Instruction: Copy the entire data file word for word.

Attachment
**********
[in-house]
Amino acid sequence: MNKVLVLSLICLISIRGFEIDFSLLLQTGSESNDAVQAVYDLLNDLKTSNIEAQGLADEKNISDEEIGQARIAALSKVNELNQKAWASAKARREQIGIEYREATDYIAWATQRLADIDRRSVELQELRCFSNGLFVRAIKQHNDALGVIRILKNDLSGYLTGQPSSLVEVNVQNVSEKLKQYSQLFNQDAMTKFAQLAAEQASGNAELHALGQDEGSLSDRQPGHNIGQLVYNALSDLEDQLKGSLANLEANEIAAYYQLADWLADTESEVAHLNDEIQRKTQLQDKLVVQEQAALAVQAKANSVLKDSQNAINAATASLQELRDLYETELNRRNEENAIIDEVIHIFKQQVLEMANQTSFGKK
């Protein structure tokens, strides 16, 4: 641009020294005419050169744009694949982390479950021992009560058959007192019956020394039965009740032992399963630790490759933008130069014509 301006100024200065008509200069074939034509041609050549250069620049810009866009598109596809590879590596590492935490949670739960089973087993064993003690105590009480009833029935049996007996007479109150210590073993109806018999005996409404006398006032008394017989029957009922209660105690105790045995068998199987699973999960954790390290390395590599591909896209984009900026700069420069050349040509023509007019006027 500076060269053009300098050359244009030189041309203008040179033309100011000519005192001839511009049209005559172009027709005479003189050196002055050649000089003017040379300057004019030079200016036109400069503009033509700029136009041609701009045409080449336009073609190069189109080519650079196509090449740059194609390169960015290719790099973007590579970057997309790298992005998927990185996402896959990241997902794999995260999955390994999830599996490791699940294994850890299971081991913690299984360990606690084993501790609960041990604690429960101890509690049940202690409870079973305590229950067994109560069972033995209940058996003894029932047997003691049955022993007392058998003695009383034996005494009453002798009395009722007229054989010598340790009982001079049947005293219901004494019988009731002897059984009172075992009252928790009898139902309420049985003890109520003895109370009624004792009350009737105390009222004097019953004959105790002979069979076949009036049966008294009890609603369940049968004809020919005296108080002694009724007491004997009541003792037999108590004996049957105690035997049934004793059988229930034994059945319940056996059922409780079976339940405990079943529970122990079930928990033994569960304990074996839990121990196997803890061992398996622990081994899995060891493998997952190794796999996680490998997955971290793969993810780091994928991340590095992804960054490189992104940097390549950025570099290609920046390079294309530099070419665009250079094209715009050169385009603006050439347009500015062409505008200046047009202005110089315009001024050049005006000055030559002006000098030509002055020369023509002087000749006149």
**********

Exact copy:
[in-house]
Amino acid sequence: MNKVLVLSLICLISIRGFEIDFSLLLQTGSESNDAVQAVYDLLNDLKTSNIEAQGLADEKNISDEEIGQARIAALSKVNELNQKAWASAKARREQIGIEYREATDYIAWATQRLADIDRRSVELQELRCFSNGLFVRAIKQHNDALGVIRILKNDLSGYLTGQPSSLVEVNVQNVSEKLKQYSQLFNQDAMTKFAQLAAEQASGNAELHALGQDEGSLSDRQPGHNIGQLVYNALSDLEDQLKGSLANLEANEIAAYYQLADWLADTESEVAHLNDEIQRKTQLQDKLVVQEQAALAVQAKANSVLKDSQNAINAATASLQELRDLYETELNRRNEENAIIDEVIHIFKQQVLEMANQTSFGKK
């Protein structure tokens, strides 16, 4: 641009020294005419050169744009694949982390479950021992009560058959007192019956020394039965009740032992399963630790490759933008130069014509 301006100024200065008509200069074939034509041609050549250069620049810009866009598109596809590879590596590492935490949670739960089973087993064993003690105590009480009833029935049996007996007479109150210590073993109806018999005996409404006398006032008394017989029957009922209660105690105790045995068998199987699973999960954790390290390395590599591909896209984009900026700069420069050349040509023509007019006027 500076060269053009300098050359244009030189041309203008040179033309100011000519005192001839511009049209005559172009027709005479003189050196002055050649000089003017040379300057004019030079200016036109400069503009033509700029136009041609701009045409080449336009073609190069189109080519650079196509090449740059194609390169960015290719790099973007590579970057997309790298992005998927990185996402896959990241997902794999995260999955390994999830599996490791699940294994850890299971081991913690299984360990606690084993501790609960041990604690429960101890509690049940202690409870079973305590229950067994109560069972033995209940058996003894029932047997003691049955022993007392058998003695009383034996005494009453002798009395009722007229054989010598340790009982001079049947005293219901004494019988009731002897059984009172075992009252928790009898139902309420049985003890109520003895109370009624004792009350009737105390009222004097019953004959105790002979069979076949009036049966008294009890609603369940049968004809020919005296108080002694009724007491004997009541003792037999108590004996049957105690035997049934004793059988229930034994059945319940056996059922409780079976339940405990079943529970122990079930928990033994569960304990074996839990121990196997803890061992398996622990081994899995060891493998997952190794796999996680490998997955971290793969993810780091994928991340590095992804960054490189992104940097390549950025570099290609920046390079294309530099070419665009250079094209715009050169385009603006050439347009500015062409505008200046047009202005110089315009001024050049005006000055030559002006000098030509002055020369023509002087000749006149």